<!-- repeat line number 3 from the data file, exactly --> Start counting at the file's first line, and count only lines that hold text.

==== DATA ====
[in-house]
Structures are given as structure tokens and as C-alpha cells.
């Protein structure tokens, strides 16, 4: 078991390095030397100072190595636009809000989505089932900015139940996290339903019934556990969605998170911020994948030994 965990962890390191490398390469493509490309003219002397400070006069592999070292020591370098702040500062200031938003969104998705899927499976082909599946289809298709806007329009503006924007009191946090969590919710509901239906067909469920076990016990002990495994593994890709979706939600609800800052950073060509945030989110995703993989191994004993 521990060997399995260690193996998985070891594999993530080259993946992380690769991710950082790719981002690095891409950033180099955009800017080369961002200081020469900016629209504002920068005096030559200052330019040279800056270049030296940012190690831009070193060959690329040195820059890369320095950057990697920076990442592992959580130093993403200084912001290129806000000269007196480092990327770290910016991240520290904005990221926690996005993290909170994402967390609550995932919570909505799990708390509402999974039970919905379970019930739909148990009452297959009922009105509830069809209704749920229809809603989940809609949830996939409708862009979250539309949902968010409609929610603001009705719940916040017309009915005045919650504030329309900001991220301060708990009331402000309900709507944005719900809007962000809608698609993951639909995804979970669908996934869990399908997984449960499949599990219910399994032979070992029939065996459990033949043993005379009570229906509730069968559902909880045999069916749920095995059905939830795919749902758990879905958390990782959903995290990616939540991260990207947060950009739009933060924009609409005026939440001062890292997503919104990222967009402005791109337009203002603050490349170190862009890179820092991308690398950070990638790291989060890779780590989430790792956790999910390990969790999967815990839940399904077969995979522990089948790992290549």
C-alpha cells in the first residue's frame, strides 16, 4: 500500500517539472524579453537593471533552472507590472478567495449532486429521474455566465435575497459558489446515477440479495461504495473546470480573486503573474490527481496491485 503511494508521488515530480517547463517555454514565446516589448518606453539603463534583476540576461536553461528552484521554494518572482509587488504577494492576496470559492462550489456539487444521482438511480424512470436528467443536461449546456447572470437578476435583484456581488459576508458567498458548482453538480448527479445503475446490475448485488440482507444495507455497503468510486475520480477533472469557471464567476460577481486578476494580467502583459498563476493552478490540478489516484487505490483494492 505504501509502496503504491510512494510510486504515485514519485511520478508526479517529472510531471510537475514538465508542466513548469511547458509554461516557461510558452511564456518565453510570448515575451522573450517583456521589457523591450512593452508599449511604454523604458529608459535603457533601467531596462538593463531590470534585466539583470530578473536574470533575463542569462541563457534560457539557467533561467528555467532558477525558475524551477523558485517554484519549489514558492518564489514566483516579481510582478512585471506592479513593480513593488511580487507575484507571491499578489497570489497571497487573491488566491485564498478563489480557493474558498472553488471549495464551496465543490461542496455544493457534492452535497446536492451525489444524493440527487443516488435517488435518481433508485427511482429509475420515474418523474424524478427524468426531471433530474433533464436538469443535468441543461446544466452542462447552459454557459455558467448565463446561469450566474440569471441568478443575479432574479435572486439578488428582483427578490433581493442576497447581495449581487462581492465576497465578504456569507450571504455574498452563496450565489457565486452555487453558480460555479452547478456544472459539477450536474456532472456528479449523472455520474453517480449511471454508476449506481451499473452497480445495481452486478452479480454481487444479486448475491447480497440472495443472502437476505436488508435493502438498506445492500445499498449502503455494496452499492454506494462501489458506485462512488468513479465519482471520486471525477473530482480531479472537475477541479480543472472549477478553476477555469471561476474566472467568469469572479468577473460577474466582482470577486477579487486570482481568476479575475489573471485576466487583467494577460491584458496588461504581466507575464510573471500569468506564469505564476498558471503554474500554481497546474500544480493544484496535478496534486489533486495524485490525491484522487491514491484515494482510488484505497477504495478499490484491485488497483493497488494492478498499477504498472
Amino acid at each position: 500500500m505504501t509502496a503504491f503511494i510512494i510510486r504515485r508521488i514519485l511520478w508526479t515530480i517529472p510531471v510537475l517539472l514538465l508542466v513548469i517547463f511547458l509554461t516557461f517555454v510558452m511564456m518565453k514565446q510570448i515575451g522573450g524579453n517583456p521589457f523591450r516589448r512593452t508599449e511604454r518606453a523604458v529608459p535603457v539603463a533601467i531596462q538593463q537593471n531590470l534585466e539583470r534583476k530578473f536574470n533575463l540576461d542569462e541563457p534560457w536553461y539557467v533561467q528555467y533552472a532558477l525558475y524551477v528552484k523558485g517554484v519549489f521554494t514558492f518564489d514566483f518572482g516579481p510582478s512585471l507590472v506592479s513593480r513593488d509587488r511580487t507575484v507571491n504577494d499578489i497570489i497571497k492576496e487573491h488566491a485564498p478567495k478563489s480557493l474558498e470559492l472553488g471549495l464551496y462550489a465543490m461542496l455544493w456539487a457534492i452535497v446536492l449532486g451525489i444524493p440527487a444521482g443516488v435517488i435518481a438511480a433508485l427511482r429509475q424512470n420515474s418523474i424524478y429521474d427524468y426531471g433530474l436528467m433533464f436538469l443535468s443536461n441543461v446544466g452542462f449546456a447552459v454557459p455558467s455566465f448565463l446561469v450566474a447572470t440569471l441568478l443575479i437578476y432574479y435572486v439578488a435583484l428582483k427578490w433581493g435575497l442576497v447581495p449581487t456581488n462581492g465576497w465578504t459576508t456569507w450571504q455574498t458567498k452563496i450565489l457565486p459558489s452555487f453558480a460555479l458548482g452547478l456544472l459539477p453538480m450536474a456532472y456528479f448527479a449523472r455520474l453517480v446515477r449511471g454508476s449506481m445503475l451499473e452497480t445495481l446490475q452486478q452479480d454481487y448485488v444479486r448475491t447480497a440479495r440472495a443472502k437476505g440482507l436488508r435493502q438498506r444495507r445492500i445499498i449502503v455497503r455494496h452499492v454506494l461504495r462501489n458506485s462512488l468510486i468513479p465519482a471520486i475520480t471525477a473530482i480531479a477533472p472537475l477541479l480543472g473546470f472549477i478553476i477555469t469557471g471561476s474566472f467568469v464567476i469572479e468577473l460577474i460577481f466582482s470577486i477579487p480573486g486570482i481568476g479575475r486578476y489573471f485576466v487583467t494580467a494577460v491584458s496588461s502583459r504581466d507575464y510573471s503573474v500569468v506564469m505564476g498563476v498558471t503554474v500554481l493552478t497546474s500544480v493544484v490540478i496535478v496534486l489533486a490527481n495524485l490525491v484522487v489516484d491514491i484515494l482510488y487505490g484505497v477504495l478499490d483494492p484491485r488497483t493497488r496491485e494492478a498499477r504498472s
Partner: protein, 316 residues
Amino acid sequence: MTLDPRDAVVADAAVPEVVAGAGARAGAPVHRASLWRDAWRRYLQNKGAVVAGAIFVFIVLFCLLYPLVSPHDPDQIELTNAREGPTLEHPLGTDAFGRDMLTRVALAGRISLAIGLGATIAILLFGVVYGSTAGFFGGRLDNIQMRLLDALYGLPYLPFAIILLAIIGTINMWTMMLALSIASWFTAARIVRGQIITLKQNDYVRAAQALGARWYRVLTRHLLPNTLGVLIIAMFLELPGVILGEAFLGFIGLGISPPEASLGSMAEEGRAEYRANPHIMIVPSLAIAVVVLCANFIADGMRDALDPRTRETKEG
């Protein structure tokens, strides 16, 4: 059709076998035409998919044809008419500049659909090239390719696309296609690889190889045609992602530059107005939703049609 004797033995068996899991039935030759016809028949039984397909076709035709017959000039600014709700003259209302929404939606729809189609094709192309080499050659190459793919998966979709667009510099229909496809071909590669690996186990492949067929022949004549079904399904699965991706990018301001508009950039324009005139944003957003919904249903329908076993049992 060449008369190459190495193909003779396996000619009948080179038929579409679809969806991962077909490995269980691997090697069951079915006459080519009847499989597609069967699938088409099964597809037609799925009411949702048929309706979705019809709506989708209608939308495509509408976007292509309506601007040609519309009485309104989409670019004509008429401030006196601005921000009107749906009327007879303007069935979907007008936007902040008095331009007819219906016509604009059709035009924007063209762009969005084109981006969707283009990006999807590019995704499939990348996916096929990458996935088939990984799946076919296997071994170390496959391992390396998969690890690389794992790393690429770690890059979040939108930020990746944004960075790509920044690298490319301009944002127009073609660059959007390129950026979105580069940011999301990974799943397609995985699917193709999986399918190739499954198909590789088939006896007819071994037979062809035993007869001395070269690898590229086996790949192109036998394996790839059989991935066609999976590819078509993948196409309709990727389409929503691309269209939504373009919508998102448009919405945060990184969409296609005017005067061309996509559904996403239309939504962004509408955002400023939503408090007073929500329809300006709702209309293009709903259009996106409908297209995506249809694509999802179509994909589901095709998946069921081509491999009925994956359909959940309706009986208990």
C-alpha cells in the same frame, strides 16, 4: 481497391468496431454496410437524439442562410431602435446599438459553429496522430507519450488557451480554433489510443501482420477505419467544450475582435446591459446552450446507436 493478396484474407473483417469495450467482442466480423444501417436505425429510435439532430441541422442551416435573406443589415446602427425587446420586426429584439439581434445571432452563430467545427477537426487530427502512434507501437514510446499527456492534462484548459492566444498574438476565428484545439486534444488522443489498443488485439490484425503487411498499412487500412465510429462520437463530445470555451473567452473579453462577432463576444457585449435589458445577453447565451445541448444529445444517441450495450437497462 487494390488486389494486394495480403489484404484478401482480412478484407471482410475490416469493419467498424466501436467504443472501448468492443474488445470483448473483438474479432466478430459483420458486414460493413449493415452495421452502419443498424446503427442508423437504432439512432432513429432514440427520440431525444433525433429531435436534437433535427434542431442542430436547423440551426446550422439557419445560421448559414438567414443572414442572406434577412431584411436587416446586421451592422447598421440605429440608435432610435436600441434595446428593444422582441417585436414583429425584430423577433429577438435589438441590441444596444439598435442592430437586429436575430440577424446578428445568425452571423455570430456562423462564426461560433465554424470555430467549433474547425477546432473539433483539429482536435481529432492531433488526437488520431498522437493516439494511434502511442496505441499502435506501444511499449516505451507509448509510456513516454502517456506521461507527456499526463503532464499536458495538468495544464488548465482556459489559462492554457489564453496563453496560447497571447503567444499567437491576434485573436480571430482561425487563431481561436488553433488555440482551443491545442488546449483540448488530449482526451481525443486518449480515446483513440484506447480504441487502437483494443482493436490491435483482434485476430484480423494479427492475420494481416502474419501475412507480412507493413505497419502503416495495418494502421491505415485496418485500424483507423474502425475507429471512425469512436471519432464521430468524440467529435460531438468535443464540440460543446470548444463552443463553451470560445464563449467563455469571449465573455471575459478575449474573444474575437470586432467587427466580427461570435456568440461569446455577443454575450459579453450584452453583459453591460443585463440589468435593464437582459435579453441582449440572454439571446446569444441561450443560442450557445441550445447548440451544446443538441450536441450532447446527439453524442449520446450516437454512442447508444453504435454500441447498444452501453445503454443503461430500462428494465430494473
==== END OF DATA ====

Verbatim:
């Protein structure tokens, strides 16, 4: 078991390095030397100072190595636009809000989505089932900015139940996290339903019934556990969605998170911020994948030994 965990962890390191490398390469493509490309003219002397400070006069592999070292020591370098702040500062200031938003969104998705899927499976082909599946289809298709806007329009503006924007009191946090969590919710509901239906067909469920076990016990002990495994593994890709979706939600609800800052950073060509945030989110995703993989191994004993 521990060997399995260690193996998985070891594999993530080259993946992380690769991710950082790719981002690095891409950033180099955009800017080369961002200081020469900016629209504002920068005096030559200052330019040279800056270049030296940012190690831009070193060959690329040195820059890369320095950057990697920076990442592992959580130093993403200084912001290129806000000269007196480092990327770290910016991240520290904005990221926690996005993290909170994402967390609550995932919570909505799990708390509402999974039970919905379970019930739909148990009452297959009922009105509830069809209704749920229809809603989940809609949830996939409708862009979250539309949902968010409609929610603001009705719940916040017309009915005045919650504030329309900001991220301060708990009331402000309900709507944005719900809007962000809608698609993951639909995804979970669908996934869990399908997984449960499949599990219910399994032979070992029939065996459990033949043993005379009570229906509730069968559902909880045999069916749920095995059905939830795919749902758990879905958390990782959903995290990616939540991260990207947060950009739009933060924009609409005026939440001062890292997503919104990222967009402005791109337009203002603050490349170190862009890179820092991308690398950070990638790291989060890779780590989430790792956790999910390990969790999967815990839940399904077969995979522990089948790992290549």